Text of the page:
CD Review: Mother and Child
You don’t have to be a woman to appreciate the emotional complexities in MOTHER AND CHILD. The film explores the relationships of three women–Annette, Bening, Naomi Watts, Kerry Washington–as women, mothers, and children. There are some weighty issues on display in the film, but Rodrigo Garcia’s lighthanded direction keeps the film from tipping over into bathos, while the delicate score by Edward Shearmur conveys the feelings the emotionally stunted characters cannot express themselves.
I had the pleasure of interviewing Shearmur for the latest issue of FSM Online. With a multi-strand plotline, one of the challenges for the composer became whether to give each of the main characters a separate theme or “something a little bit more global.” “What we ended up doing,” Shearmur said, “was establishing a couple of motifs that expanded into themes. The motifs keep mutating and appearing in different guises. Elizabeth’s [Naomi Watts] motif at the beginning eventually turns into Annette Bening’s music. The DNA keeps busting apart and reconstituting itself.”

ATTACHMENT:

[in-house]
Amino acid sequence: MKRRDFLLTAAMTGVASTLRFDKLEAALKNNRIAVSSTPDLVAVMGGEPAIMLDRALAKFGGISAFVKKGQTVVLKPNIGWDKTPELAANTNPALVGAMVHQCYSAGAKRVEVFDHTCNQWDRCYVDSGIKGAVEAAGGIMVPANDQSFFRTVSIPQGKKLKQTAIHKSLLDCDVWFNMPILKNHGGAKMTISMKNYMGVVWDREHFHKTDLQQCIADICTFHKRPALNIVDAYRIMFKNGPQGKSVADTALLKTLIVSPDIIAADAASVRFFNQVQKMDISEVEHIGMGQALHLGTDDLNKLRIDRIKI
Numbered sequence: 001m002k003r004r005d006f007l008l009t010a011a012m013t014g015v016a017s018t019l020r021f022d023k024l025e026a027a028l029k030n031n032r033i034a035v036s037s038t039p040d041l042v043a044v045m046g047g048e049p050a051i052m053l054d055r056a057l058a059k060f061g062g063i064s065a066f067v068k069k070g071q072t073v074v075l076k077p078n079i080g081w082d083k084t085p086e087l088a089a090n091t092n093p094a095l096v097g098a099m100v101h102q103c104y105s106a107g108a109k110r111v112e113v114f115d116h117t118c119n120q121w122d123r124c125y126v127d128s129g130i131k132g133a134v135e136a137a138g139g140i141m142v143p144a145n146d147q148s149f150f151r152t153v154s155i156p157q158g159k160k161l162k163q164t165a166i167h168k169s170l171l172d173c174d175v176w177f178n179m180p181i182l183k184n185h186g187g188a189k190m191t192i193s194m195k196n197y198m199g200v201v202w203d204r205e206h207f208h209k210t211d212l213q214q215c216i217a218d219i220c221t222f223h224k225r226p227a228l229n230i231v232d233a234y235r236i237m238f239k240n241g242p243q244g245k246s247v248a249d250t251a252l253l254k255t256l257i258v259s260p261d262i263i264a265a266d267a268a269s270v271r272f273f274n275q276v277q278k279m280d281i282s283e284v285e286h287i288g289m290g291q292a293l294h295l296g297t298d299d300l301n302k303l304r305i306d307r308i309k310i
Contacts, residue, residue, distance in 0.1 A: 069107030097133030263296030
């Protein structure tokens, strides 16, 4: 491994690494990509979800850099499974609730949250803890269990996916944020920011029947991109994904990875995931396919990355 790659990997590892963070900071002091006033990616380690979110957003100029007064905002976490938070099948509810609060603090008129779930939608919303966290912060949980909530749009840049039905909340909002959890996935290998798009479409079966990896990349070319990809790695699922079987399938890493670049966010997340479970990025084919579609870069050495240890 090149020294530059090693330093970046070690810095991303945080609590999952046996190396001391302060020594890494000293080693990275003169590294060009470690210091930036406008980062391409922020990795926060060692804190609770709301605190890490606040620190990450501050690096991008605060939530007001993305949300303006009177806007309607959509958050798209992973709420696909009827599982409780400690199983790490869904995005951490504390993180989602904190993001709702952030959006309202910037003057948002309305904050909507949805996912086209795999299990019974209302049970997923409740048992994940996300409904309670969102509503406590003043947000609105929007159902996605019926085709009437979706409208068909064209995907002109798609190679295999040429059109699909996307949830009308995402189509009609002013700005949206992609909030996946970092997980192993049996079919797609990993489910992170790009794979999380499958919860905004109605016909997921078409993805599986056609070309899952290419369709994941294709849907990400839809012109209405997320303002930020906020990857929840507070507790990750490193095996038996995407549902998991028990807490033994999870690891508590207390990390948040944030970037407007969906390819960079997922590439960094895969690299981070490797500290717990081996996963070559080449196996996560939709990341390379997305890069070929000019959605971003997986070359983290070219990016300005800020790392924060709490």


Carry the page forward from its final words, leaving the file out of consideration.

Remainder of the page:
This musical DNA is the heartbeat of the film. A three-note motif forms the basis of the themes. The orchestrations are light and delicate, with piano, acoustic guitar, and strings forming the backbone of the score. Solo lines give emotional voice to the characters or carry on dialogues that the characters will not or cannot speak themselves.
Elizabeth and Paul
Click Track: Elizabeth and Paul
Tinklings in the percussion remind me of a child’s mobile hanging above their crib, while the sole use of a vocal line at the end of the film seems as if a baby is learning to speak. Because of the characters’ barren emotional landscape, the music remains quiet and reflective.
But as Annette Bening’s character begins to blossom, the harmonies grow richer and the motifs and themes mutate into a lovely waltz. This woman who was once shut off rejoins the human race and performs a delicate dance with her emotions and the people close to her. When she finally meets her granddaughter at the end of the film, the harmonies have traveled from a “static and emotionally barren approach” at the beginning of the film to a much richer place both harmonically and instrumentally.
A Waltz for Karen
Click Track: A Waltz for Karen
MOTHER AND CHILD is a score that continues to grow in my estimation the more I listen to it. It’s a beautiful score on its own, but it takes on a much richer dimension once you’ve heard it in context of the film. The film and score are early summer gems that deserve every bit of a mother’s love.